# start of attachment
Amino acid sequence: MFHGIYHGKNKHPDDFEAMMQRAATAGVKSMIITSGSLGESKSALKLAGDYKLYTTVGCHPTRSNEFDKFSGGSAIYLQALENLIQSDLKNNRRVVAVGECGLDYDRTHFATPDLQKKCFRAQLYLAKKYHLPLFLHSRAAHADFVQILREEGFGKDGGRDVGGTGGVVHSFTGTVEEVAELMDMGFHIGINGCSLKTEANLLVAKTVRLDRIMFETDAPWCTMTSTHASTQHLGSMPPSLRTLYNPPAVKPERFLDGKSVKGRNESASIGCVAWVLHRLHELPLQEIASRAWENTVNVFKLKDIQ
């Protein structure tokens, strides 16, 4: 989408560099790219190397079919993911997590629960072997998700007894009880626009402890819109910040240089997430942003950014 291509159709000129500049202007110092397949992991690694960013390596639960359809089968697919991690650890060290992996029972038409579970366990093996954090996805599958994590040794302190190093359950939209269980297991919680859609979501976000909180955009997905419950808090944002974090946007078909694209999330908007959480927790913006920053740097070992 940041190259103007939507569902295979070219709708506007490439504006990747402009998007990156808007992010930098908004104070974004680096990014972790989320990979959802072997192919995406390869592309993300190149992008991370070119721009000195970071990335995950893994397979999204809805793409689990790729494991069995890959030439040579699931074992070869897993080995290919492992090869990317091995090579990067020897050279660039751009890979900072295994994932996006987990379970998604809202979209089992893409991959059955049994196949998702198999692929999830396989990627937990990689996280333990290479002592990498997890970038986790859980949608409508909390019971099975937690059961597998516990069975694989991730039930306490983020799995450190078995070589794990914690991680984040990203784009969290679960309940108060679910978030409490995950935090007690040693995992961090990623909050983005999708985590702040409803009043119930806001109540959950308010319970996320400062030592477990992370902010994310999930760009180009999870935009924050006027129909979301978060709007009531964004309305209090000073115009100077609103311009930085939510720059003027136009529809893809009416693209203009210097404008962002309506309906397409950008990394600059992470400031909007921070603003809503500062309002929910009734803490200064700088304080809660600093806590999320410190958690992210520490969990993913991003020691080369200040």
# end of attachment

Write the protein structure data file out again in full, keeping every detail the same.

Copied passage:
Amino acid sequence: MFHGIYHGKNKHPDDFEAMMQRAATAGVKSMIITSGSLGESKSALKLAGDYKLYTTVGCHPTRSNEFDKFSGGSAIYLQALENLIQSDLKNNRRVVAVGECGLDYDRTHFATPDLQKKCFRAQLYLAKKYHLPLFLHSRAAHADFVQILREEGFGKDGGRDVGGTGGVVHSFTGTVEEVAELMDMGFHIGINGCSLKTEANLLVAKTVRLDRIMFETDAPWCTMTSTHASTQHLGSMPPSLRTLYNPPAVKPERFLDGKSVKGRNESASIGCVAWVLHRLHELPLQEIASRAWENTVNVFKLKDIQ
């Protein structure tokens, strides 16, 4: 989408560099790219190397079919993911997590629960072997998700007894009880626009402890819109910040240089997430942003950014 291509159709000129500049202007110092397949992991690694960013390596639960359809089968697919991690650890060290992996029972038409579970366990093996954090996805599958994590040794302190190093359950939209269980297991919680859609979501976000909180955009997905419950808090944002974090946007078909694209999330908007959480927790913006920053740097070992 940041190259103007939507569902295979070219709708506007490439504006990747402009998007990156808007992010930098908004104070974004680096990014972790989320990979959802072997192919995406390869592309993300190149992008991370070119721009000195970071990335995950893994397979999204809805793409689990790729494991069995890959030439040579699931074992070869897993080995290919492992090869990317091995090579990067020897050279660039751009890979900072295994994932996006987990379970998604809202979209089992893409991959059955049994196949998702198999692929999830396989990627937990990689996280333990290479002592990498997890970038986790859980949608409508909390019971099975937690059961597998516990069975694989991730039930306490983020799995450190078995070589794990914690991680984040990203784009969290679960309940108060679910978030409490995950935090007690040693995992961090990623909050983005999708985590702040409803009043119930806001109540959950308010319970996320400062030592477990992370902010994310999930760009180009999870935009924050006027129909979301978060709007009531964004309305209090000073115009100077609103311009930085939510720059003027136009529809893809009416693209203009210097404008962002309506309906397409950008990394600059992470400031909007921070603003809503500062309002929910009734803490200064700088304080809660600093806590999320410190958690992210520490969990993913991003020691080369200040």